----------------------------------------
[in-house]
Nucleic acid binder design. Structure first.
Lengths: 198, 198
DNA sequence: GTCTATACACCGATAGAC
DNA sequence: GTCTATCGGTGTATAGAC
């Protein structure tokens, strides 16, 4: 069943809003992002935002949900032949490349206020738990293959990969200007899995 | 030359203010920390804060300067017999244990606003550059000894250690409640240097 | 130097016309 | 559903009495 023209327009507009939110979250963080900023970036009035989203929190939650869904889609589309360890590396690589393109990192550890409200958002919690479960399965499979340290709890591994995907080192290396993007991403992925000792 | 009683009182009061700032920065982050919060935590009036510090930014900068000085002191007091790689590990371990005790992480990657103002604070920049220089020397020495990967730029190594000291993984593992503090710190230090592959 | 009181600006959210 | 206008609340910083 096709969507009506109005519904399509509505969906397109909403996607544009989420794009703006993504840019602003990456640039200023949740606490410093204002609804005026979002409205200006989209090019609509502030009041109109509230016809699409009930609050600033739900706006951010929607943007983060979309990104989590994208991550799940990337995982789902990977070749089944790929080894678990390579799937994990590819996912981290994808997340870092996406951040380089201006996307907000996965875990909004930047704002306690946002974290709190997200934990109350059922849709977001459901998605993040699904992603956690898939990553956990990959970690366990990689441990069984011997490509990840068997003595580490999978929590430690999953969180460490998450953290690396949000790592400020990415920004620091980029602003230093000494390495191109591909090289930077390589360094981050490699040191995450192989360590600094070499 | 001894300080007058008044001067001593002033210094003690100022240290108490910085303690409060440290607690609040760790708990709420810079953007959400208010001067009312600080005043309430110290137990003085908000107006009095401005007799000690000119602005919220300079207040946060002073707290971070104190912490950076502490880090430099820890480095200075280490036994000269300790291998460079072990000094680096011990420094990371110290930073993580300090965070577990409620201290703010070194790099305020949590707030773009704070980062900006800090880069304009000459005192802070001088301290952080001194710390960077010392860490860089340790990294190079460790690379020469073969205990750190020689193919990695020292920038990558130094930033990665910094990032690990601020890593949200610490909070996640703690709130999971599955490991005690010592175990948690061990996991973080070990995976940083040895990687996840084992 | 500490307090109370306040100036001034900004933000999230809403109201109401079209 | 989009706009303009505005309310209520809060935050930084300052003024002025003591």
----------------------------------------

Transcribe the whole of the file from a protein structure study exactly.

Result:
[in-house]
Nucleic acid binder design. Structure first.
Lengths: 198, 198
DNA sequence: GTCTATACACCGATAGAC
DNA sequence: GTCTATCGGTGTATAGAC
């Protein structure tokens, strides 16, 4: 069943809003992002935002949900032949490349206020738990293959990969200007899995 | 030359203010920390804060300067017999244990606003550059000894250690409640240097 | 130097016309 | 559903009495 023209327009507009939110979250963080900023970036009035989203929190939650869904889609589309360890590396690589393109990192550890409200958002919690479960399965499979340290709890591994995907080192290396993007991403992925000792 | 009683009182009061700032920065982050919060935590009036510090930014900068000085002191007091790689590990371990005790992480990657103002604070920049220089020397020495990967730029190594000291993984593992503090710190230090592959 | 009181600006959210 | 206008609340910083 096709969507009506109005519904399509509505969906397109909403996607544009989420794009703006993504840019602003990456640039200023949740606490410093204002609804005026979002409205200006989209090019609509502030009041109109509230016809699409009930609050600033739900706006951010929607943007983060979309990104989590994208991550799940990337995982789902990977070749089944790929080894678990390579799937994990590819996912981290994808997340870092996406951040380089201006996307907000996965875990909004930047704002306690946002974290709190997200934990109350059922849709977001459901998605993040699904992603956690898939990553956990990959970690366990990689441990069984011997490509990840068997003595580490999978929590430690999953969180460490998450953290690396949000790592400020990415920004620091980029602003230093000494390495191109591909090289930077390589360094981050490699040191995450192989360590600094070499 | 001894300080007058008044001067001593002033210094003690100022240290108490910085303690409060440290607690609040760790708990709420810079953007959400208010001067009312600080005043309430110290137990003085908000107006009095401005007799000690000119602005919220300079207040946060002073707290971070104190912490950076502490880090430099820890480095200075280490036994000269300790291998460079072990000094680096011990420094990371110290930073993580300090965070577990409620201290703010070194790099305020949590707030773009704070980062900006800090880069304009000459005192802070001088301290952080001194710390960077010392860490860089340790990294190079460790690379020469073969205990750190020689193919990695020292920038990558130094930033990665910094990032690990601020890593949200610490909070996640703690709130999971599955490991005690010592175990948690061990996991973080070990995976940083040895990687996840084992 | 500490307090109370306040100036001034900004933000999230809403109201109401079209 | 989009706009303009505005309310209520809060935050930084300052003024002025003591």